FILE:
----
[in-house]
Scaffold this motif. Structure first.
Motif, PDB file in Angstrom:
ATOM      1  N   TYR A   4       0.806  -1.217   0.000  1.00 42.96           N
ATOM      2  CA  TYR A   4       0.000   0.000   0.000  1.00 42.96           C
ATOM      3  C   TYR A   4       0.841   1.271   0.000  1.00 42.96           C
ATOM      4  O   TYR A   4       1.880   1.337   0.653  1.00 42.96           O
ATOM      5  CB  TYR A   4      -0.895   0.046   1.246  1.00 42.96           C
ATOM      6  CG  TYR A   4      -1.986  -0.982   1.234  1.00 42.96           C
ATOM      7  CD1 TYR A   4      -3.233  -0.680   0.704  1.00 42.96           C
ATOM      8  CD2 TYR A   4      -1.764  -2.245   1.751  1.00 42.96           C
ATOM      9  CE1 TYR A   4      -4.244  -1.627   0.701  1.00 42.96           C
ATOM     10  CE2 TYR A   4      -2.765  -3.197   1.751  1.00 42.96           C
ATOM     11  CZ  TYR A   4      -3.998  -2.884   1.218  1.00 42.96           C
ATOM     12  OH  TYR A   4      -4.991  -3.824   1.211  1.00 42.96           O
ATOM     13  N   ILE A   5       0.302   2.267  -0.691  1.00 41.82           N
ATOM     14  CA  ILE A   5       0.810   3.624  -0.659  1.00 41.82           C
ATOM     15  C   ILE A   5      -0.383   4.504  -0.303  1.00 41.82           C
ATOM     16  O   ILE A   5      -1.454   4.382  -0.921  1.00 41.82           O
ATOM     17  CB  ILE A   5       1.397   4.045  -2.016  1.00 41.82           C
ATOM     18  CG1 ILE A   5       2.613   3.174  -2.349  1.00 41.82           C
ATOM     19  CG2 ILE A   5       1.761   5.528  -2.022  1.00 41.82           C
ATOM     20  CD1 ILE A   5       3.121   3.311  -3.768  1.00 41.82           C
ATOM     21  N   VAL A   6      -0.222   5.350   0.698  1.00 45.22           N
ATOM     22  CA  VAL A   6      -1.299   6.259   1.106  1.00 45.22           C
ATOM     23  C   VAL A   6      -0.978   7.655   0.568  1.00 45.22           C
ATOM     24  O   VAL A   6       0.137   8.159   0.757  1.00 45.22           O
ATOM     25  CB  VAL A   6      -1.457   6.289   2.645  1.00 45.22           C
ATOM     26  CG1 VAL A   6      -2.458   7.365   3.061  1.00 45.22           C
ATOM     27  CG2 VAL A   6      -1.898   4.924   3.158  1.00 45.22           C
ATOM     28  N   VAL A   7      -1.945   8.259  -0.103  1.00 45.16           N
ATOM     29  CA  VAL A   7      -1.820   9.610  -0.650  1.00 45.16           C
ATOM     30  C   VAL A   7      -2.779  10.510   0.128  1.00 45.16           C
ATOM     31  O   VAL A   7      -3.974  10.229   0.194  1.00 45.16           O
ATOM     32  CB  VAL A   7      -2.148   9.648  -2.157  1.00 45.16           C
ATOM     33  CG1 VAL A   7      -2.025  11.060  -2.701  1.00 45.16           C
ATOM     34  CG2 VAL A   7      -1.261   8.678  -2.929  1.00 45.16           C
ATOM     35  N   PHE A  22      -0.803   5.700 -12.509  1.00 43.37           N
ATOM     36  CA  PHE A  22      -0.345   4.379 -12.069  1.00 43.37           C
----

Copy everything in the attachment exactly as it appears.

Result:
[in-house]
Scaffold this motif. Structure first.
Motif, PDB file in Angstrom:
ATOM      1  N   TYR A   4       0.806  -1.217   0.000  1.00 42.96           N
ATOM      2  CA  TYR A   4       0.000   0.000   0.000  1.00 42.96           C
ATOM      3  C   TYR A   4       0.841   1.271   0.000  1.00 42.96           C
ATOM      4  O   TYR A   4       1.880   1.337   0.653  1.00 42.96           O
ATOM      5  CB  TYR A   4      -0.895   0.046   1.246  1.00 42.96           C
ATOM      6  CG  TYR A   4      -1.986  -0.982   1.234  1.00 42.96           C
ATOM      7  CD1 TYR A   4      -3.233  -0.680   0.704  1.00 42.96           C
ATOM      8  CD2 TYR A   4      -1.764  -2.245   1.751  1.00 42.96           C
ATOM      9  CE1 TYR A   4      -4.244  -1.627   0.701  1.00 42.96           C
ATOM     10  CE2 TYR A   4      -2.765  -3.197   1.751  1.00 42.96           C
ATOM     11  CZ  TYR A   4      -3.998  -2.884   1.218  1.00 42.96           C
ATOM     12  OH  TYR A   4      -4.991  -3.824   1.211  1.00 42.96           O
ATOM     13  N   ILE A   5       0.302   2.267  -0.691  1.00 41.82           N
ATOM     14  CA  ILE A   5       0.810   3.624  -0.659  1.00 41.82           C
ATOM     15  C   ILE A   5      -0.383   4.504  -0.303  1.00 41.82           C
ATOM     16  O   ILE A   5      -1.454   4.382  -0.921  1.00 41.82           O
ATOM     17  CB  ILE A   5       1.397   4.045  -2.016  1.00 41.82           C
ATOM     18  CG1 ILE A   5       2.613   3.174  -2.349  1.00 41.82           C
ATOM     19  CG2 ILE A   5       1.761   5.528  -2.022  1.00 41.82           C
ATOM     20  CD1 ILE A   5       3.121   3.311  -3.768  1.00 41.82           C
ATOM     21  N   VAL A   6      -0.222   5.350   0.698  1.00 45.22           N
ATOM     22  CA  VAL A   6      -1.299   6.259   1.106  1.00 45.22           C
ATOM     23  C   VAL A   6      -0.978   7.655   0.568  1.00 45.22           C
ATOM     24  O   VAL A   6       0.137   8.159   0.757  1.00 45.22           O
ATOM     25  CB  VAL A   6      -1.457   6.289   2.645  1.00 45.22           C
ATOM     26  CG1 VAL A   6      -2.458   7.365   3.061  1.00 45.22           C
ATOM     27  CG2 VAL A   6      -1.898   4.924   3.158  1.00 45.22           C
ATOM     28  N   VAL A   7      -1.945   8.259  -0.103  1.00 45.16           N
ATOM     29  CA  VAL A   7      -1.820   9.610  -0.650  1.00 45.16           C
ATOM     30  C   VAL A   7      -2.779  10.510   0.128  1.00 45.16           C
ATOM     31  O   VAL A   7      -3.974  10.229   0.194  1.00 45.16           O
ATOM     32  CB  VAL A   7      -2.148   9.648  -2.157  1.00 45.16           C
ATOM     33  CG1 VAL A   7      -2.025  11.060  -2.701  1.00 45.16           C
ATOM     34  CG2 VAL A   7      -1.261   8.678  -2.929  1.00 45.16           C
ATOM     35  N   PHE A  22      -0.803   5.700 -12.509  1.00 43.37           N
ATOM     36  CA  PHE A  22      -0.345   4.379 -12.069  1.00 43.37           C